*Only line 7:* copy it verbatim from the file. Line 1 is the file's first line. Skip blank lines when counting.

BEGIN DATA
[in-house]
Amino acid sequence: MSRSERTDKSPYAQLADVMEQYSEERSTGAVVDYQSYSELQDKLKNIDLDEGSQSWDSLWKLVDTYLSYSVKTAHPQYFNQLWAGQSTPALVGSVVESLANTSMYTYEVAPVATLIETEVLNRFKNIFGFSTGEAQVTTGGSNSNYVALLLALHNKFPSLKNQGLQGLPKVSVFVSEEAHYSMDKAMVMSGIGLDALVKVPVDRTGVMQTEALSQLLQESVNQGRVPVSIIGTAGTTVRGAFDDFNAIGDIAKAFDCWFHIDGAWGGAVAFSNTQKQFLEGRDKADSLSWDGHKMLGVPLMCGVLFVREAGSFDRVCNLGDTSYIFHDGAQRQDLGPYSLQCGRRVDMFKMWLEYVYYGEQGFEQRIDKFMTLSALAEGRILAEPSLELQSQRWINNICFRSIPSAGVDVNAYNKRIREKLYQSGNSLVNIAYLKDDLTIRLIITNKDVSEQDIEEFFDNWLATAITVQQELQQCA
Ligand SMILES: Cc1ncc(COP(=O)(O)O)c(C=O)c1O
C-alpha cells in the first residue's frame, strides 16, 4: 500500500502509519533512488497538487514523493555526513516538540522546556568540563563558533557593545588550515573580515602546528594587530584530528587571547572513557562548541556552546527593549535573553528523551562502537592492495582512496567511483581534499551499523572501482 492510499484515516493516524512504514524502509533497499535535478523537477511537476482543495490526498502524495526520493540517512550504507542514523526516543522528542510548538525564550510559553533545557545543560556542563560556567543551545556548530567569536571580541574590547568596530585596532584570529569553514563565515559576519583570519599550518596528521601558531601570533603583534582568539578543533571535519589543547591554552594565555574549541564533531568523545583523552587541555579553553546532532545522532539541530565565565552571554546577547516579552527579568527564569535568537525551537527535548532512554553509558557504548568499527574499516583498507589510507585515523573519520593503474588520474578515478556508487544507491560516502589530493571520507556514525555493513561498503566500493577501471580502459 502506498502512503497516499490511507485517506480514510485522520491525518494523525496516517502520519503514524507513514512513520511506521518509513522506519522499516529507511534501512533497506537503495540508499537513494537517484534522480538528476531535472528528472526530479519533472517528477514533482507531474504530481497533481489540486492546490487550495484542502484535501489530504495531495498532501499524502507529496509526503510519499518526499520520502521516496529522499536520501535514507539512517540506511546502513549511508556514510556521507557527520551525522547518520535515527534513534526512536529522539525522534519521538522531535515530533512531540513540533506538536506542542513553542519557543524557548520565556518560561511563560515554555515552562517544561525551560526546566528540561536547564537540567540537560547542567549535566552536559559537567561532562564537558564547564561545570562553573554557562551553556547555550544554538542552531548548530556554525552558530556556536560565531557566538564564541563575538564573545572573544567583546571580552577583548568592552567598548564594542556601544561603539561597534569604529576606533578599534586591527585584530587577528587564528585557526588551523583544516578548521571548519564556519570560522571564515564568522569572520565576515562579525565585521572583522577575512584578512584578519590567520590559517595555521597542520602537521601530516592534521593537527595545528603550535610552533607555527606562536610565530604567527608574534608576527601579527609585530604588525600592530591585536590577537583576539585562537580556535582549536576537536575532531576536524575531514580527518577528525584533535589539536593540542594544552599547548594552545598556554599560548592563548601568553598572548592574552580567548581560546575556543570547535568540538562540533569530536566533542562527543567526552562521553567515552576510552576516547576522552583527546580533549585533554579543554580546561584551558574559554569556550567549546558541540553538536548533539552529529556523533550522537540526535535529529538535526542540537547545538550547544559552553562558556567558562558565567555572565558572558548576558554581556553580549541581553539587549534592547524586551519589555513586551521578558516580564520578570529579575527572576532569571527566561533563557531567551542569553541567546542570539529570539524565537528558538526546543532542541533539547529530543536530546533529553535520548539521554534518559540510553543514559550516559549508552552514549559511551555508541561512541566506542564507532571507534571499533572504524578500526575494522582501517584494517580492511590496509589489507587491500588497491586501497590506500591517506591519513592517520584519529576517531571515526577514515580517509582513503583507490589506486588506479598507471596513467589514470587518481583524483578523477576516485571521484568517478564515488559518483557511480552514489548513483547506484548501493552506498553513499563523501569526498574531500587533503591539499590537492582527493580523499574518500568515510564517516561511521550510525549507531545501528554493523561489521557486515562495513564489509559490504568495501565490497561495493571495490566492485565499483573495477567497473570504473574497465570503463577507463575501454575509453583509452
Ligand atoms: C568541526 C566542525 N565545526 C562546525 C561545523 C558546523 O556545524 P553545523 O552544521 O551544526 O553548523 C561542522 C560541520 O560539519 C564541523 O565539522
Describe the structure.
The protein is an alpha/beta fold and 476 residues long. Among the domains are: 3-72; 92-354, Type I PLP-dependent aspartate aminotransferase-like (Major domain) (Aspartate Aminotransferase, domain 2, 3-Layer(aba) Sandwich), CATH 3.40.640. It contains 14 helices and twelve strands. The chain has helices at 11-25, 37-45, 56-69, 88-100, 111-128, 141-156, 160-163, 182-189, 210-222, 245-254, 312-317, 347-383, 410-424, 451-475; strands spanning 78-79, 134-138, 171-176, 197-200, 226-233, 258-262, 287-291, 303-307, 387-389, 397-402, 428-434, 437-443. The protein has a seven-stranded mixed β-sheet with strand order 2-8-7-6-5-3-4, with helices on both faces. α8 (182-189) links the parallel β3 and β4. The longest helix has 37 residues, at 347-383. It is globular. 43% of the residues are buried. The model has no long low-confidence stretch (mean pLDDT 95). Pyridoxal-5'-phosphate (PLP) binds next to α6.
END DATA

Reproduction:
The protein is an alpha/beta fold and 476 residues long. Among the domains are: 3-72; 92-354, Type I PLP-dependent aspartate aminotransferase-like (Major domain) (Aspartate Aminotransferase, domain 2, 3-Layer(aba) Sandwich), CATH 3.40.640. It contains 14 helices and twelve strands. The chain has helices at 11-25, 37-45, 56-69, 88-100, 111-128, 141-156, 160-163, 182-189, 210-222, 245-254, 312-317, 347-383, 410-424, 451-475; strands spanning 78-79, 134-138, 171-176, 197-200, 226-233, 258-262, 287-291, 303-307, 387-389, 397-402, 428-434, 437-443. The protein has a seven-stranded mixed β-sheet with strand order 2-8-7-6-5-3-4, with helices on both faces. α8 (182-189) links the parallel β3 and β4. The longest helix has 37 residues, at 347-383. It is globular. 43% of the residues are buried. The model has no long low-confidence stretch (mean pLDDT 95). Pyridoxal-5'-phosphate (PLP) binds next to α6.